Afterwards we dined on local cuisine prepared by the benenfactors of our labor. The meal consists one serving of carapucra, one serving of sopa seca con pollo and yucca. It was good going down.

The story here is intesting, we were teaching in another home down the street from their home the girl in the white T-shirt knocked on the door and asked if we would visit when we were done. So we agreed and did. The fellow in the orange was in auto accident a few years ago and has a stainless steel plate in his head and has a lot of pain and difficulties. The story is longer but the short of is we gave him a priesthood blessing and made an appoint to have the Elders visit. They are progressing and have a date to get married the 11th of June.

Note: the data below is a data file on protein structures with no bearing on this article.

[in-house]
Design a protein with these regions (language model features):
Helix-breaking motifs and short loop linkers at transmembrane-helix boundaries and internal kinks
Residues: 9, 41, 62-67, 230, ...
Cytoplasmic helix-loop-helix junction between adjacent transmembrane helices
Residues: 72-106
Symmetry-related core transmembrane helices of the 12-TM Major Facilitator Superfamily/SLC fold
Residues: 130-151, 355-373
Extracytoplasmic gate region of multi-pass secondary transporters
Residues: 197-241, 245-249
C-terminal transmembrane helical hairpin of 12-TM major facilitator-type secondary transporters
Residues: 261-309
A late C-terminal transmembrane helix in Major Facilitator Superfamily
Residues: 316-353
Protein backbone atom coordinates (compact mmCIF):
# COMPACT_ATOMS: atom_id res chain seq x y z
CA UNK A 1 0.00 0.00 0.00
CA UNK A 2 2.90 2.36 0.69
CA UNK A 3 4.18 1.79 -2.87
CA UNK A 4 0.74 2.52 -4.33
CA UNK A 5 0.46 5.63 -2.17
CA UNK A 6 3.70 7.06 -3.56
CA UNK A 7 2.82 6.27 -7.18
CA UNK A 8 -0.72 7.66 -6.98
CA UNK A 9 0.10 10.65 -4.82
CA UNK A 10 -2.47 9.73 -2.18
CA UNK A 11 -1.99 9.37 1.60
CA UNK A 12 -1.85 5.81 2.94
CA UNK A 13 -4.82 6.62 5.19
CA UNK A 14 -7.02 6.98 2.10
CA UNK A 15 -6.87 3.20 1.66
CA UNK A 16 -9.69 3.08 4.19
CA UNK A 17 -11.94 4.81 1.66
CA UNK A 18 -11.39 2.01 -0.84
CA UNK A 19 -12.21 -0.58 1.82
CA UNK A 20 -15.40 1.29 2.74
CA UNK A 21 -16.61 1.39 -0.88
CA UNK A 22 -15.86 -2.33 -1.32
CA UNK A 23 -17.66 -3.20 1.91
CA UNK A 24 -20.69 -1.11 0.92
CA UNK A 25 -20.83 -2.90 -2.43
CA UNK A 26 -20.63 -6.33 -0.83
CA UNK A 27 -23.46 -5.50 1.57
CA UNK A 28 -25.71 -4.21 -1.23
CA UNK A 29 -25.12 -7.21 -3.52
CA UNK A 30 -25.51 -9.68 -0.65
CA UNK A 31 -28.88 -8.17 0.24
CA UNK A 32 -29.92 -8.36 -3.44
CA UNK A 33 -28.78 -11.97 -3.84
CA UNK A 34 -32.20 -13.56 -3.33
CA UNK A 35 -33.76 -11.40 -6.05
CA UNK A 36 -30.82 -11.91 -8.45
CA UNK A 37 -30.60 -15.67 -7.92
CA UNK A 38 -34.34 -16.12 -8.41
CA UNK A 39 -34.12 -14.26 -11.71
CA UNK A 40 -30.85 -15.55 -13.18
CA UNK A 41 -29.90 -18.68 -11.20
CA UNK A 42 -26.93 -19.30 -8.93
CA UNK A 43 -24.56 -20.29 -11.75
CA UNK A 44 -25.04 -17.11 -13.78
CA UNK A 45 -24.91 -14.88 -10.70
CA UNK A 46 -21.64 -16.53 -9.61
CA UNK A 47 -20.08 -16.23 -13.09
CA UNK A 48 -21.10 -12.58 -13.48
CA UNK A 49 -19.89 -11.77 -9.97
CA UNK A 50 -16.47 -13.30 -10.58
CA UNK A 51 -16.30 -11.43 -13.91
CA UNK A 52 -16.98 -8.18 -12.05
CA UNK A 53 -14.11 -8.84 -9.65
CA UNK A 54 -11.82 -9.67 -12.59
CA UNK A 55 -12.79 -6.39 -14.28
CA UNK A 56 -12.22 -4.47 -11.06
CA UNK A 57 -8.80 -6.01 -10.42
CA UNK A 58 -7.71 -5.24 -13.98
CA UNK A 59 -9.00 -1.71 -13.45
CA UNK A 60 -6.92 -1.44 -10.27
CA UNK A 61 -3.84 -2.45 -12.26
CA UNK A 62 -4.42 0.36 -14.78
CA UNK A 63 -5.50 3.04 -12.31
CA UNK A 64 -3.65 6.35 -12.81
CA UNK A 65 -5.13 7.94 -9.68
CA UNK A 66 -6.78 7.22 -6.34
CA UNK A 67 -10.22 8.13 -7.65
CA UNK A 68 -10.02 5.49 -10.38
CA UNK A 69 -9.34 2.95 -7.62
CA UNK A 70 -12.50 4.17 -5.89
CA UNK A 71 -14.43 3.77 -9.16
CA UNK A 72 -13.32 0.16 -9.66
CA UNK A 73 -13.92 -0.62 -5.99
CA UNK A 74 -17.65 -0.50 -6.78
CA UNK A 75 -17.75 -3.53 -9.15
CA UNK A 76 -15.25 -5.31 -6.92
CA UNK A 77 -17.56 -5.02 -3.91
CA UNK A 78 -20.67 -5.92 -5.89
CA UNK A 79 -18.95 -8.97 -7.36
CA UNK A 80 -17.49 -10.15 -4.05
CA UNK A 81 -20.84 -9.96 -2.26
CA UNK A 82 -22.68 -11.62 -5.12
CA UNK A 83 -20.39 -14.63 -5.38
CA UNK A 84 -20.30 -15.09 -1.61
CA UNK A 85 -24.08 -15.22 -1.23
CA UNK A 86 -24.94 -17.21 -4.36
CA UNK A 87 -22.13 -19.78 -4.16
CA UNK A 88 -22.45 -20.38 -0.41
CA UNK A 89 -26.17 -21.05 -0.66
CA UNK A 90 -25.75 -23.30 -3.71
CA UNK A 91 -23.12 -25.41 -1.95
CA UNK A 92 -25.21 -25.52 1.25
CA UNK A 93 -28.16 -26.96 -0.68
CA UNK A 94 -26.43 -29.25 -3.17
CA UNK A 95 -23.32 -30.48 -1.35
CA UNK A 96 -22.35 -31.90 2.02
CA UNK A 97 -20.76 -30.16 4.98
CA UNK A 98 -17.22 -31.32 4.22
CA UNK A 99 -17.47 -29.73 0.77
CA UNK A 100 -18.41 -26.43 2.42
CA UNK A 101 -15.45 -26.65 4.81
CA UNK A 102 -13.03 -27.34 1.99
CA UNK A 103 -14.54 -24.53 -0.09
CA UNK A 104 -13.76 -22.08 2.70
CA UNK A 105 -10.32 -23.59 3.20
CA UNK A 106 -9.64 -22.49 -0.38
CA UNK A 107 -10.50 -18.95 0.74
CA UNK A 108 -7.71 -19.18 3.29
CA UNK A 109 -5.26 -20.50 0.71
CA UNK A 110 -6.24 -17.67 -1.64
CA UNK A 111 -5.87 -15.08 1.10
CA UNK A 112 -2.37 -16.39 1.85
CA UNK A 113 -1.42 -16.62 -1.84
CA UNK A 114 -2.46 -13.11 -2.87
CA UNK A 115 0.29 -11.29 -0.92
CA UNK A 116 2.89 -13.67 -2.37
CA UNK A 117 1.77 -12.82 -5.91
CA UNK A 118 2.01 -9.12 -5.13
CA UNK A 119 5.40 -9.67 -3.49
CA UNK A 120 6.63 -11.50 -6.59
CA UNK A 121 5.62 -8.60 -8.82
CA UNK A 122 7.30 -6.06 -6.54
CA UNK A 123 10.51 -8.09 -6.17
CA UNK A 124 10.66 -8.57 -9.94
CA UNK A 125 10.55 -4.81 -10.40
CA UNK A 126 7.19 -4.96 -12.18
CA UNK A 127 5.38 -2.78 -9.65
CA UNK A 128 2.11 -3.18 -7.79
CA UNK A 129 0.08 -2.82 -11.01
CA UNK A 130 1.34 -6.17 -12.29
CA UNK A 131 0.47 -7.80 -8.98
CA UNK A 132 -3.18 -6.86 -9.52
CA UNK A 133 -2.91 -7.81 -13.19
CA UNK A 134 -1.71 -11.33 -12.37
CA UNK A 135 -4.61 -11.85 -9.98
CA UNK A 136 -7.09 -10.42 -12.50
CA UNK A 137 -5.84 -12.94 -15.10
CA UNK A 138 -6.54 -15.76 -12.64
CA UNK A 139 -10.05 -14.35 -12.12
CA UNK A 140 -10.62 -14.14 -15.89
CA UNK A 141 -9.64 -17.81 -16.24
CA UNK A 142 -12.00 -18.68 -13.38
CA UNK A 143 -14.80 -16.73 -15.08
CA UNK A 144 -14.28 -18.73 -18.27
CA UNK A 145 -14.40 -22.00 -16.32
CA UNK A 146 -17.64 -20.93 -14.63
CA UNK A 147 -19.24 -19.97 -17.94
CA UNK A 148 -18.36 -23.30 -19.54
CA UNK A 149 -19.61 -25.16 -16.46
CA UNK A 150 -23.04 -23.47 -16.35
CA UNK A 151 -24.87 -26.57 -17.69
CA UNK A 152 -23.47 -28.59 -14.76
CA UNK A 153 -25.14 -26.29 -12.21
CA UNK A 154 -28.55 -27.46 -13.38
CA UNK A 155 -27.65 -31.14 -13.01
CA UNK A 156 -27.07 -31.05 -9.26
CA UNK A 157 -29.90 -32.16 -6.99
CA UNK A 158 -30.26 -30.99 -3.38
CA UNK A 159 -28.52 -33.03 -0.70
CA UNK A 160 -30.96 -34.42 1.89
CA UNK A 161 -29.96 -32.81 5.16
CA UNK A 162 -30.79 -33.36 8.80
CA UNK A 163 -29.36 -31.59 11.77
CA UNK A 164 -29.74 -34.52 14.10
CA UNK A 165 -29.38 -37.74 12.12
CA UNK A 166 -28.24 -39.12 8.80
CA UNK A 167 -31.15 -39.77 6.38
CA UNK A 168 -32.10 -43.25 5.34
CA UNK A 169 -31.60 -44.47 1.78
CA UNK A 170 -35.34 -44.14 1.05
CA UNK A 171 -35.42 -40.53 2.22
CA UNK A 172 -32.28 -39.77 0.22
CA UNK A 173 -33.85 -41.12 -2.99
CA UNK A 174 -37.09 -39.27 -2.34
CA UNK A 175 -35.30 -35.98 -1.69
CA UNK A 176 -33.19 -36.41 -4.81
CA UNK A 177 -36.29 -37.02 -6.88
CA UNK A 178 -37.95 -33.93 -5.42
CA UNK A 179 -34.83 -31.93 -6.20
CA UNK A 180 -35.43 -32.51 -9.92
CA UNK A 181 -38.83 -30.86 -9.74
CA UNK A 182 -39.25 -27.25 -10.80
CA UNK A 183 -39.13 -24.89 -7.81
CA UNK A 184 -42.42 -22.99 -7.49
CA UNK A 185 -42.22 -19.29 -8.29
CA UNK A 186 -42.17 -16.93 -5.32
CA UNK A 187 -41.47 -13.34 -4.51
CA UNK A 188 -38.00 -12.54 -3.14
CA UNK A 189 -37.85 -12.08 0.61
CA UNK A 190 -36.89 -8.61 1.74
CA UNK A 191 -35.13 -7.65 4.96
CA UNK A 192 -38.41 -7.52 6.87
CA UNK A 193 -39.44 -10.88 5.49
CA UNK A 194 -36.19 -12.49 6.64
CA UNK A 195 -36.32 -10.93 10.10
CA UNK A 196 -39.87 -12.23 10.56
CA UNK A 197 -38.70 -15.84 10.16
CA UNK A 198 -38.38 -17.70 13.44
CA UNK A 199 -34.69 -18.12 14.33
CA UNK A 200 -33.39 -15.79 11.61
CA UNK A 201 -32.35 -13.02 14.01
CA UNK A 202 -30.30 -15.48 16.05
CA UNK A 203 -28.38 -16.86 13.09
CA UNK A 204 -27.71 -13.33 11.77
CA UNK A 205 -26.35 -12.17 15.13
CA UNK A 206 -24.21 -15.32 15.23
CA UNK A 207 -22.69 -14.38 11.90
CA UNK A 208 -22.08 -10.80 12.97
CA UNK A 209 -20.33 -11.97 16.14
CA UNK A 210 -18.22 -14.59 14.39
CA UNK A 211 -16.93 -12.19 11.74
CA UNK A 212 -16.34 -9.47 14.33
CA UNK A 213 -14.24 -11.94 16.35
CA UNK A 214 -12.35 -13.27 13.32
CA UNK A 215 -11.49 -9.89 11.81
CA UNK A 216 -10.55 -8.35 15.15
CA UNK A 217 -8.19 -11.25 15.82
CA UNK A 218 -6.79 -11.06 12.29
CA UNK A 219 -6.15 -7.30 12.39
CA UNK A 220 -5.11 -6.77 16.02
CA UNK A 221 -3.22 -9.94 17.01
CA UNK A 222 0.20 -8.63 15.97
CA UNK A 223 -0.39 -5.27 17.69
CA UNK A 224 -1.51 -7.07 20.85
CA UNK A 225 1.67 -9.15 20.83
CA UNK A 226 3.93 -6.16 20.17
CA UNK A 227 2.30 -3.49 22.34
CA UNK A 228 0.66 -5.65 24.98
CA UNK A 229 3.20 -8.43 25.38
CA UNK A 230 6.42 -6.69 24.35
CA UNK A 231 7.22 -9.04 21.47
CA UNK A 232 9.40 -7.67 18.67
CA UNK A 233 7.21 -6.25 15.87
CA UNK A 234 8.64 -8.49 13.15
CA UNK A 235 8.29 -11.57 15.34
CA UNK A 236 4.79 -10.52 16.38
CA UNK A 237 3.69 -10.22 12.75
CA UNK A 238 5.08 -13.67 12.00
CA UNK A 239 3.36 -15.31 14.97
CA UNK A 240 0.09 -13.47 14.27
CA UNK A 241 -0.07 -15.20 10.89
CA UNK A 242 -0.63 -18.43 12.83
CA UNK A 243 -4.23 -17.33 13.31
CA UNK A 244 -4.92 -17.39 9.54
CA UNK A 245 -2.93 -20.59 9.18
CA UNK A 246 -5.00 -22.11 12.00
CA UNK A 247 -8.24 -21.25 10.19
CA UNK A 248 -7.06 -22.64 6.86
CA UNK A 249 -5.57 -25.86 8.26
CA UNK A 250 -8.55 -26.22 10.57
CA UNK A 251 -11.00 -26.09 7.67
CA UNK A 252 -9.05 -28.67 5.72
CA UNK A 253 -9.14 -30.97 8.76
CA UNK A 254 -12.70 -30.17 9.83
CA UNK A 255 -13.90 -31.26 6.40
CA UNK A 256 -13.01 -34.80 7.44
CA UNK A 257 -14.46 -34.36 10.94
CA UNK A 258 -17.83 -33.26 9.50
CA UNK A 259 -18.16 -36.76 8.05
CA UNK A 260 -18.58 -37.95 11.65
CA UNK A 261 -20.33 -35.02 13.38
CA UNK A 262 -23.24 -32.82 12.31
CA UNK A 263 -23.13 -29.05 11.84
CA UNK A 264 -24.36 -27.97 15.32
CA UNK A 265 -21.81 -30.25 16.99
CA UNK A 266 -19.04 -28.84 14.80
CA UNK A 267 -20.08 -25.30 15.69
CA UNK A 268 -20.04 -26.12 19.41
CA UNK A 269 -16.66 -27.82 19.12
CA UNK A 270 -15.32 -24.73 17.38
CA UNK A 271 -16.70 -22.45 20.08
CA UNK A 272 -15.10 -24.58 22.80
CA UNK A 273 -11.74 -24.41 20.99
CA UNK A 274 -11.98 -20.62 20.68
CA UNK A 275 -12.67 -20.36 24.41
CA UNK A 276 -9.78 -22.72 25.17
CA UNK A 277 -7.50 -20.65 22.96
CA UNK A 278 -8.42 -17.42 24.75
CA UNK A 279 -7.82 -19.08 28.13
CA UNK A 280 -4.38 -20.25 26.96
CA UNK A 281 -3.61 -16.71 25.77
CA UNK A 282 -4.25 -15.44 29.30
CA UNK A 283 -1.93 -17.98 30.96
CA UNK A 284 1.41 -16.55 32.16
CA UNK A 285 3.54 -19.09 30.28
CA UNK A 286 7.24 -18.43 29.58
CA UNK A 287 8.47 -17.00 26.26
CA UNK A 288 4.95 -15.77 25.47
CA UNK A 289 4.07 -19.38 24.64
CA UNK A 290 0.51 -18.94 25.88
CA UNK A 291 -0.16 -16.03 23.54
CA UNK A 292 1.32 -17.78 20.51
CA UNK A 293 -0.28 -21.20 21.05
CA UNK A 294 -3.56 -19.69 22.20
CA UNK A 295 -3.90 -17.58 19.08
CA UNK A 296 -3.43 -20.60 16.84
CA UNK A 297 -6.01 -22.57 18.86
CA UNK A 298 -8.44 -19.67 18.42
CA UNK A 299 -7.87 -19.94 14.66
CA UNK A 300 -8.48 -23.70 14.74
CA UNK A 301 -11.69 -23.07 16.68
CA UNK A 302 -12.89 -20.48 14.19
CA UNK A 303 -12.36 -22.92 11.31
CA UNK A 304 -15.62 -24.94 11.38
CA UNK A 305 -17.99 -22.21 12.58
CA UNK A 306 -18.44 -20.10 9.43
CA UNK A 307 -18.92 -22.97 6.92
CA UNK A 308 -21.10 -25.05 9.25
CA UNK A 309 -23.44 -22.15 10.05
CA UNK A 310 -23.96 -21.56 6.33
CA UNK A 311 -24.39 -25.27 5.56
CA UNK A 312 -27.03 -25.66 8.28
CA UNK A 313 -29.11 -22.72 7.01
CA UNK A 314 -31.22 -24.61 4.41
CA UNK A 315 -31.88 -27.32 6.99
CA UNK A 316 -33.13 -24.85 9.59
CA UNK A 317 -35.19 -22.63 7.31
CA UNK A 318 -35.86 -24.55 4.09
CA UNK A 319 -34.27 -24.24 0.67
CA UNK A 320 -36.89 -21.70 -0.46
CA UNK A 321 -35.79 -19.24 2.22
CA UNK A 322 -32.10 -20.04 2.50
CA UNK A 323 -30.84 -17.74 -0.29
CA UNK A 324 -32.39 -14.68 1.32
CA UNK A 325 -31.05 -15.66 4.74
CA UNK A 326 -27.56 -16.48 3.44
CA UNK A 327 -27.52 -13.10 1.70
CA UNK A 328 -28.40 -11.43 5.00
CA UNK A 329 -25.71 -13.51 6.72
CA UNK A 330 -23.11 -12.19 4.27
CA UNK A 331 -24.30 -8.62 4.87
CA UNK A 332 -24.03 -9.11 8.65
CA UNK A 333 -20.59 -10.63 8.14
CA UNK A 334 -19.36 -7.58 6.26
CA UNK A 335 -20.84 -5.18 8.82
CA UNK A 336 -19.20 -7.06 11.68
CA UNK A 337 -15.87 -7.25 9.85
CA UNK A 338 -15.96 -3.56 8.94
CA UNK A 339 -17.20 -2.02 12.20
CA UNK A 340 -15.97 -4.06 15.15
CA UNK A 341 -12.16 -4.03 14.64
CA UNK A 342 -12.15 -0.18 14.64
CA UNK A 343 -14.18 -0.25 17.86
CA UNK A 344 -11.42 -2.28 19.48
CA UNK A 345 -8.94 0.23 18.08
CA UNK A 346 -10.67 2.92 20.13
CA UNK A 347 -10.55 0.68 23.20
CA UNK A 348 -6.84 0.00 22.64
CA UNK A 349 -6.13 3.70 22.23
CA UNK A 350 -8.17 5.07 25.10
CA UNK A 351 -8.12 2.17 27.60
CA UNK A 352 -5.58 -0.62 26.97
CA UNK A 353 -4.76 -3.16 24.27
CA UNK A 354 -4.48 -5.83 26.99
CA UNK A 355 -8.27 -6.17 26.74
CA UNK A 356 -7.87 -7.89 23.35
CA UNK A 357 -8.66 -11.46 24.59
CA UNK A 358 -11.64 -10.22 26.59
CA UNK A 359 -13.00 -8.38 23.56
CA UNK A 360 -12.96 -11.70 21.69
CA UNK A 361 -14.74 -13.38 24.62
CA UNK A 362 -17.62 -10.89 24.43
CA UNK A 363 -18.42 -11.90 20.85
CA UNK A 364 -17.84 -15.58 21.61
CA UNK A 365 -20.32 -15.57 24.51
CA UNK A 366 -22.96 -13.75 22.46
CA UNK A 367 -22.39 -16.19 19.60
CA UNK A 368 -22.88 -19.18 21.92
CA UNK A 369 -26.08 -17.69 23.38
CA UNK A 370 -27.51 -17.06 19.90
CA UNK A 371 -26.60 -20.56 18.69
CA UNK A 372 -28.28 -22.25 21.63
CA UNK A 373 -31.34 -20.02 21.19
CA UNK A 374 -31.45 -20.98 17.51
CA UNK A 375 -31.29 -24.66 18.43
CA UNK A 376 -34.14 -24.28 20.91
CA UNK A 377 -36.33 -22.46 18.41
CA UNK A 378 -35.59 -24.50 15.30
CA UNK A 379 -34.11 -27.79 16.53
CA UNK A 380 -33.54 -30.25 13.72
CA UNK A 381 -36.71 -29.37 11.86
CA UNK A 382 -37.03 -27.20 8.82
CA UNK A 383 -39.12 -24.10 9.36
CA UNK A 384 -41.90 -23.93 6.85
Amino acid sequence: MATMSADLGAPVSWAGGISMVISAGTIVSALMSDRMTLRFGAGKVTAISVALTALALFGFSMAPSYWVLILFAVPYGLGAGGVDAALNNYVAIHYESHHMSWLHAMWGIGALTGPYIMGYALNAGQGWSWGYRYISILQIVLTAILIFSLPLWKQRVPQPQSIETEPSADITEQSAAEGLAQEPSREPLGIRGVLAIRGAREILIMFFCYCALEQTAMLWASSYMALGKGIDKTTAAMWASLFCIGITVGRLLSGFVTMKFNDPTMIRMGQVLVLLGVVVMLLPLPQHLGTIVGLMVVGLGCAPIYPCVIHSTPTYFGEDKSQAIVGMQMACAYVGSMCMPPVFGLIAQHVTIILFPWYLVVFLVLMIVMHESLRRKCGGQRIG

This another part of our extended Peru family, the occaision is Juana's birthday. We did not plan this picture but only one person in the photo is smiling.

Finally after 17 months and 14 missionaries we got Mery and Carlos to the marriage alter and another huge step forward for this family of 6. The story here is long and personal, some day you should ask us about it.

Same day as Mery and Carlos we had Caralina and Willy get married in the Matrimonial Masivo in San Vicente. Again another story worth hearing about but you will have to ask. We were testigos for both these couples and were featured on the local TV evening news in Cañete and our pictures have been posted on the Municipal Office building in the Plaza de Armas. FOR REAL,

Spiritually Elder Ewing is much taller than than real life but after spending his first 6 months in the mission field with us in Imperial we had to say hasta luego. His parents can be proud of him and the work he is doing for the Lord.